(RxWiki News) As people age, exercise is important for maintaining good health, including healthy cholesterol levels. Sometimes, though, medications are needed to cut cholesterol. Unfortunately, treatment with these medications might have an unintended consequence.
A new study found that older men who take statin medications may not exercise quite as much as those who do not take them.
Statins are used to lower cholesterol levels if diet, exercise and weight loss fail to do the job. These medications have been shown to prevent coronary heart disease by helping fight the buildup of plaque in arteries.
Statins, however, can cause muscle pain, muscle fatigue and weakness, which might be behind the lower physical activity levels seen in this study.
"Exercise regularly to maintain healthy cholesterol levels."
David S.H. Lee, PharmD, with Oregon State University/Oregon Health and Science University College of Pharmacy in Portland, OR, and colleagues evaluated physical activity among male statin users and non-statin users. All 3,039 subjects were an average age of almost 73 and had participated in the Osteoporotic Fractures in Men Study.
In America, about half of men, ages to 65 to 74, and 39 percent of women, ages 75 and older take statins, according to the National Center for Health Statistics. Statins include atorvastatin (brand name Lipitor), rosuvastatin (brand name Crestor) and simvastatin (brand name Zocor).
Over the course of seven years, this investigation included 727 prevalent statin users (they started the study using statins), 845 who weren’t on statins but began taking them during the follow-up and 1,467 who were never on the medication.
Participants reported their physical activity on self-reported questionnaires. Scores of prevalent statin users dropped an average of 2.8 points annually compared to scores of non-statin users, which fell 2.5 points each year—an average difference of .3 points.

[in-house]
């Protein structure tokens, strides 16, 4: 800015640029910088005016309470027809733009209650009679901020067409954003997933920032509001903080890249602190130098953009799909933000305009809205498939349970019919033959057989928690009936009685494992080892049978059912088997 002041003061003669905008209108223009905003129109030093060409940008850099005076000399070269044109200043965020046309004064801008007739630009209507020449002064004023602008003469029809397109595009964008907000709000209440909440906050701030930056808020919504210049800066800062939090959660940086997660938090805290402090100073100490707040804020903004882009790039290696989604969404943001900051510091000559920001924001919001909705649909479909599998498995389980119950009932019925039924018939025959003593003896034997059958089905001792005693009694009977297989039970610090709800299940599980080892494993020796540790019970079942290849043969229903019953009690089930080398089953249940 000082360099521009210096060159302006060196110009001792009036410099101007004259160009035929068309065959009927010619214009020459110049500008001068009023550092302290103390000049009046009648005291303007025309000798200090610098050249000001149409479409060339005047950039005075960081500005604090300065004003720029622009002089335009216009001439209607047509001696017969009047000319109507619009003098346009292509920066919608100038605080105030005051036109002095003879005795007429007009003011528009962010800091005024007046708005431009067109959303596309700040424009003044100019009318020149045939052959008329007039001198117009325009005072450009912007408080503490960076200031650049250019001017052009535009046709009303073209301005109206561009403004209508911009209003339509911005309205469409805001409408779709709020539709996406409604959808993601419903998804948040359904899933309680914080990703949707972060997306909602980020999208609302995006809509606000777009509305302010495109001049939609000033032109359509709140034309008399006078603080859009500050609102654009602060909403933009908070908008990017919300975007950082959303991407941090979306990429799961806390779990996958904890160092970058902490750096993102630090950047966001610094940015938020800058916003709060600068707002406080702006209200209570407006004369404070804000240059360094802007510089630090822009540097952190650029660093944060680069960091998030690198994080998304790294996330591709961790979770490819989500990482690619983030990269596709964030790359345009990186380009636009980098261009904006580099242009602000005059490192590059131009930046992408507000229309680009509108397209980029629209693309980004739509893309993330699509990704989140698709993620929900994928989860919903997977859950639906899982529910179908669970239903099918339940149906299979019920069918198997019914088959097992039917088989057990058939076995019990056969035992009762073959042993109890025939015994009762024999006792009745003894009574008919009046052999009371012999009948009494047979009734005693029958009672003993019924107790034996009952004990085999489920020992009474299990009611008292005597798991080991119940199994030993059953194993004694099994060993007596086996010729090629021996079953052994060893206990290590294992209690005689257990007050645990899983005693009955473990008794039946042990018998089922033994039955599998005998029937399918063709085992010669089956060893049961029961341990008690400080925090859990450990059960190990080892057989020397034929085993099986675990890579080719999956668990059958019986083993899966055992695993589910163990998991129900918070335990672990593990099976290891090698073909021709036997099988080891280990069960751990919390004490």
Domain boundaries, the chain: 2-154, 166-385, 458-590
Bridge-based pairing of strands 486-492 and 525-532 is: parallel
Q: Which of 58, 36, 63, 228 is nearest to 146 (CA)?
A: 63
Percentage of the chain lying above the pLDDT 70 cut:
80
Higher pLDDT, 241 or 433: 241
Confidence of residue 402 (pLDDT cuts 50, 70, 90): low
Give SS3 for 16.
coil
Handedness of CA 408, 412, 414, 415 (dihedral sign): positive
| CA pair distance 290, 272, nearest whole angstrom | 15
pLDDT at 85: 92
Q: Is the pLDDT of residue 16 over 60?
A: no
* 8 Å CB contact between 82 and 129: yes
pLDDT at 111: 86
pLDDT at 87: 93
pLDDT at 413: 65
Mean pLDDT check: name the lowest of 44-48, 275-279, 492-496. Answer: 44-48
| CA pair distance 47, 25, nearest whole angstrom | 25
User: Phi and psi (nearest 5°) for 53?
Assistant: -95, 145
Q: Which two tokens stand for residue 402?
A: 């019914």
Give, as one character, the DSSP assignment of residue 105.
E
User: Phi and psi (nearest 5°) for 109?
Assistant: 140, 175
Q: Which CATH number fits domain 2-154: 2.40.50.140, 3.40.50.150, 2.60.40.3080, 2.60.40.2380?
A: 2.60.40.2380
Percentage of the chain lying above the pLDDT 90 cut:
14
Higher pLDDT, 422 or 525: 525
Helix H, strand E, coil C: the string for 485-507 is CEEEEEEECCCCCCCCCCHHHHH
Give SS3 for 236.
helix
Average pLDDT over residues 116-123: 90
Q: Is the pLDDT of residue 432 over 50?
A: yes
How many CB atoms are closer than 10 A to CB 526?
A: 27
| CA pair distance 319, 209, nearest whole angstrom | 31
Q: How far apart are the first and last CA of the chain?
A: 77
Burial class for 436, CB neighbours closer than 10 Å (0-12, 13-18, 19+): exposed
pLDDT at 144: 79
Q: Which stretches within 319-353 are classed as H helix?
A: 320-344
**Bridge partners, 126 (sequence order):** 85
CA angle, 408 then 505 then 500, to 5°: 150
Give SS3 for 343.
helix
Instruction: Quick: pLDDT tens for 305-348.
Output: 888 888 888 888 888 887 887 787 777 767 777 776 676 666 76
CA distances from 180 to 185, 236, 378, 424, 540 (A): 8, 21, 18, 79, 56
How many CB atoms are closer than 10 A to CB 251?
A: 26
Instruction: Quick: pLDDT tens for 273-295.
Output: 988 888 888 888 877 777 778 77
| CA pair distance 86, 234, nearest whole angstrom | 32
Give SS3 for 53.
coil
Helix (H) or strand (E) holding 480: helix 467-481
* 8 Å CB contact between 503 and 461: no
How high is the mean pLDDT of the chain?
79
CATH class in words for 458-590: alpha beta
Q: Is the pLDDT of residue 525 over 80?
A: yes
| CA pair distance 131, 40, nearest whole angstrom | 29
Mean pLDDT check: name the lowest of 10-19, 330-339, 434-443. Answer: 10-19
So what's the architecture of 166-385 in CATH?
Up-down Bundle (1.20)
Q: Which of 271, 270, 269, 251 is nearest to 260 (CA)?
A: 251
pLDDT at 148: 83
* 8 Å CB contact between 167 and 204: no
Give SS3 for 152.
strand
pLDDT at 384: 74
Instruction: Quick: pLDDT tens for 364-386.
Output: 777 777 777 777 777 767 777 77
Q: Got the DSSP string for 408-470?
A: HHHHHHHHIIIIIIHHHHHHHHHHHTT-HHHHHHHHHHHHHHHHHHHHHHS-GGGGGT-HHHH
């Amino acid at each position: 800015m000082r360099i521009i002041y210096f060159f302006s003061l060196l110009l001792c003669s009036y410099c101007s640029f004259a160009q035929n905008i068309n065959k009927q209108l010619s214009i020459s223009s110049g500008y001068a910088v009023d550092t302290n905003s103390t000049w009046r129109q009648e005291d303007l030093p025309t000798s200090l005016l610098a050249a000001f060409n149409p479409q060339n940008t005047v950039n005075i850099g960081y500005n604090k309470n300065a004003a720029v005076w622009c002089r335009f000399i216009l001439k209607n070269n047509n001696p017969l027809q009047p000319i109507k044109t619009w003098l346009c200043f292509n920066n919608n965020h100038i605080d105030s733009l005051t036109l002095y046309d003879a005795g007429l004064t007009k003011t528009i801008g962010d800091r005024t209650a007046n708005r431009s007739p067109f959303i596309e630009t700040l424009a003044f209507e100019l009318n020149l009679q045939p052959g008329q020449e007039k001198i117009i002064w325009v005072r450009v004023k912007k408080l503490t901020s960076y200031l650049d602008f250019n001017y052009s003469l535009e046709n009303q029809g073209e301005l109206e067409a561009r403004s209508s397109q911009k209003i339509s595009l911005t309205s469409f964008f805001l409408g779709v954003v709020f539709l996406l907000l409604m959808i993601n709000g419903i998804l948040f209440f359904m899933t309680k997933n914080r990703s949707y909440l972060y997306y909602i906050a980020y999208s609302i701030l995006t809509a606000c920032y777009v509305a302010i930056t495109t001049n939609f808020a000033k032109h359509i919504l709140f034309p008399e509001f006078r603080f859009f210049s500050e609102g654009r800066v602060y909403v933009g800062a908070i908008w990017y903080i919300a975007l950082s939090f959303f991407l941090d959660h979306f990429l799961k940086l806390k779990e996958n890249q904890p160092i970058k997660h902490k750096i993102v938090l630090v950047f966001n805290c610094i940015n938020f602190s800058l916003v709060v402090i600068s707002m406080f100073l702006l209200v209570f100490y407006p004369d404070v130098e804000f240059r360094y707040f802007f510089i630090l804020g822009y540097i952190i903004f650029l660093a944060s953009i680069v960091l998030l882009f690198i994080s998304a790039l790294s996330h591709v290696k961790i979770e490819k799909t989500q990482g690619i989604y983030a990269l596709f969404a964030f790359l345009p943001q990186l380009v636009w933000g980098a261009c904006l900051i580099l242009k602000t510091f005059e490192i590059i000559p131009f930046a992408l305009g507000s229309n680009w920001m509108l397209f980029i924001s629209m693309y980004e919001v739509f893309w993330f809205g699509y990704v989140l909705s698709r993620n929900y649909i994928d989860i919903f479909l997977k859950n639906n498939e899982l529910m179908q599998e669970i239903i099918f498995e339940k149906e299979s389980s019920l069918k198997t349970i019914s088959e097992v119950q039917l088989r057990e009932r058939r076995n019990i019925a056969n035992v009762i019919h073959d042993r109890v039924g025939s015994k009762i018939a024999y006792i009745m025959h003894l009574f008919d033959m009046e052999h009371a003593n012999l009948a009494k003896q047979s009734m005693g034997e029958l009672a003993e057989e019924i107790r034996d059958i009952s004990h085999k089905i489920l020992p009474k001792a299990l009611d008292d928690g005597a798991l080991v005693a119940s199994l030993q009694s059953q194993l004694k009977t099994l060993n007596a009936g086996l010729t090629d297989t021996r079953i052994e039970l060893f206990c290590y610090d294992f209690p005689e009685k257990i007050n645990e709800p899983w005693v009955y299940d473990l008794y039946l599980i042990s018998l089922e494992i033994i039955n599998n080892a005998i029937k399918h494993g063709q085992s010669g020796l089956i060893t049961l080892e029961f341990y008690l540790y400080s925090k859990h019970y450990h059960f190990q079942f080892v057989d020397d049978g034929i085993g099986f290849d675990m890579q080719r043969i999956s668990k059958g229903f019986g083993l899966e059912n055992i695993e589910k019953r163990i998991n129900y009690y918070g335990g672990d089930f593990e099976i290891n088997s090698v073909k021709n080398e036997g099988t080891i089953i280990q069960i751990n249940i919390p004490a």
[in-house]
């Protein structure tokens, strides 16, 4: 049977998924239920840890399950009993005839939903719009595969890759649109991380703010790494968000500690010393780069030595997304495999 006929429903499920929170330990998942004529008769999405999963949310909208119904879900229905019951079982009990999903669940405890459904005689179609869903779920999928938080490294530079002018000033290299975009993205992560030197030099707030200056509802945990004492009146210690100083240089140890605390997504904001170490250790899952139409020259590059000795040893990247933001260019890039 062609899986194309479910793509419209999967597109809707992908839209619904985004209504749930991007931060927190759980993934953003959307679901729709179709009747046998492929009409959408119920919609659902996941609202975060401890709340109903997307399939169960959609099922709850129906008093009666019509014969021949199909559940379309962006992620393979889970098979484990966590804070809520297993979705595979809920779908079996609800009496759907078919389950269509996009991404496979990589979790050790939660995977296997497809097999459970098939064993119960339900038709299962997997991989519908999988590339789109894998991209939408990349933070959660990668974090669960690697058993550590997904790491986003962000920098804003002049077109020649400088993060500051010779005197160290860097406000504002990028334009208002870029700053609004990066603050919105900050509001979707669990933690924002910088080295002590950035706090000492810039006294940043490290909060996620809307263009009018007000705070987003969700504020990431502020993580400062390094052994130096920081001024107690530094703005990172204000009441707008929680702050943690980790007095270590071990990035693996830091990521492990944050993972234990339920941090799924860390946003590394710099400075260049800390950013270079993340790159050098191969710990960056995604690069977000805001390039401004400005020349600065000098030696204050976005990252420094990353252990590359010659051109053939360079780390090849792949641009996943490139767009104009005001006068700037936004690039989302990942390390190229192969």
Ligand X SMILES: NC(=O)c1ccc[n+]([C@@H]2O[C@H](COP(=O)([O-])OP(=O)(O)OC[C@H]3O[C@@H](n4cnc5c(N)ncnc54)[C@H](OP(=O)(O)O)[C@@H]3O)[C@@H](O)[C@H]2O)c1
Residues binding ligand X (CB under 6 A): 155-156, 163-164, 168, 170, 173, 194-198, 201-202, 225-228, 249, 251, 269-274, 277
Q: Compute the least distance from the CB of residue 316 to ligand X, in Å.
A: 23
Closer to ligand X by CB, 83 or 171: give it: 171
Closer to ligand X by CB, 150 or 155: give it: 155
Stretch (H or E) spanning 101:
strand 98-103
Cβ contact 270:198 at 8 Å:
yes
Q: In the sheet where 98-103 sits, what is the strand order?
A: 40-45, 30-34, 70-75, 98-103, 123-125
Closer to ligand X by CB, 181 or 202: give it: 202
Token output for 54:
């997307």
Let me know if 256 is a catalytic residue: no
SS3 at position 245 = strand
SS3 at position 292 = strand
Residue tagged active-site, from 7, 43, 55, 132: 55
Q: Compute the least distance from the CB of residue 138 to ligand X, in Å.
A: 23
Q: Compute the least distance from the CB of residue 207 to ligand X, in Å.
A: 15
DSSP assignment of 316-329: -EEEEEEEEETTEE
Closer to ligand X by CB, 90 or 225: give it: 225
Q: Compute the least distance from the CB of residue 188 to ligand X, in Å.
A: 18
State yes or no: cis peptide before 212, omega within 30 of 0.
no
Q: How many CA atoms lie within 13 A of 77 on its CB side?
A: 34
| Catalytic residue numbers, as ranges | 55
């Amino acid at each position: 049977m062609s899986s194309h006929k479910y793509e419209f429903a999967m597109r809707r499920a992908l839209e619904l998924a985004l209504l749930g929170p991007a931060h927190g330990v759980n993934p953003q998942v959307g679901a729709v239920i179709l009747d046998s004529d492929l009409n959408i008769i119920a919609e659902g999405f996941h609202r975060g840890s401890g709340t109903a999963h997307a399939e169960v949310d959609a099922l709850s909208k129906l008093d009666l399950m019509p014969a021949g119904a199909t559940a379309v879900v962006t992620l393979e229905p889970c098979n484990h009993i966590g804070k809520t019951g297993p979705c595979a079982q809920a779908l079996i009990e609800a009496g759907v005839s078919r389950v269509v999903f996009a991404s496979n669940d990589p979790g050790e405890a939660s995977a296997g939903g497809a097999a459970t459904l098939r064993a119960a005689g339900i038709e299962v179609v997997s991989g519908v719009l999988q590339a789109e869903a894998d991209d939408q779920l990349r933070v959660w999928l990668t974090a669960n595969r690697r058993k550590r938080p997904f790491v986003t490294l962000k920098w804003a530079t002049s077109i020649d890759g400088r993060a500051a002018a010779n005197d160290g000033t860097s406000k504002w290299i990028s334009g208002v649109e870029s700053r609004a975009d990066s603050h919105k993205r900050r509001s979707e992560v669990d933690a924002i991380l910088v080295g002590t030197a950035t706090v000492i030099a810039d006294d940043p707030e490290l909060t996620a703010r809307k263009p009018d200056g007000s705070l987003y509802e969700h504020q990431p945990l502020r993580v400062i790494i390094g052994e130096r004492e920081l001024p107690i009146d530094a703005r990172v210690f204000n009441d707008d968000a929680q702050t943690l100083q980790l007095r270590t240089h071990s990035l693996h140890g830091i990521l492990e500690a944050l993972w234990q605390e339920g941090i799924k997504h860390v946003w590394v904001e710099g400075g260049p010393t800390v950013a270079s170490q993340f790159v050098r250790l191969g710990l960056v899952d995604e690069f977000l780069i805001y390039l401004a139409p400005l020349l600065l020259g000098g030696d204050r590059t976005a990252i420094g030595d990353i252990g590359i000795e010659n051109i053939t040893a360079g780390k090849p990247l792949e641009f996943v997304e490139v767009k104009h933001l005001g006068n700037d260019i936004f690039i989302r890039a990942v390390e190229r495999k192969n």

The decline in physical activity scores was greatest among those who started taking statins during the study. These patients had an average score decrease of 3.4 points a year or an average difference of .9 points compared to the non-users.
While scientists noted that overall declines in scores were not statistically significant, the investigation adds to a mounting body of research indicating that statin use may negatively affect exercise.
According to metabolic equivalent measures (METS), statin users expended less energy than non-users. They also engaged in 5.4 fewer minutes per day of moderate physical activity, 0.6 fewer minutes per day of vigorous activity and 7.6 more minutes per day of sedentary behavior, which meant statin users spent more time each day sitting around.
“The possible reasons for lower physical activity levels in statin users may be general muscle pain caused by statins (a well-known adverse effect), exercise-endured myopathy [a disease in which the muscle fibers do not properly function] or muscular fatigue,” concluded the authors. “The clinical significance of these findings deserves further investigation.”
In related commentary, Beatrice Alexandra Golomb, MD, with University of California San Diego School of Medicine in La Jolla, CA, wrote that these results “serve as a reminder that all medications bear risks and prescribing them involves tradeoffs.”
The study was published online June 9 in JAMA Internal Medicine.
The Osteoporotic Fractures in Men Study is supported by National Institutes of Health (NIH), the National Institute of Arthritis and Musculoskeletal and Skin Diseases (NIAMS), the National Institute on Aging (NIA), the National Center for Research Resources (NCRR) and NIH Roadmap for Medical Research. Analysis was funded by a grant from the Medical Research Foundation of Oregon.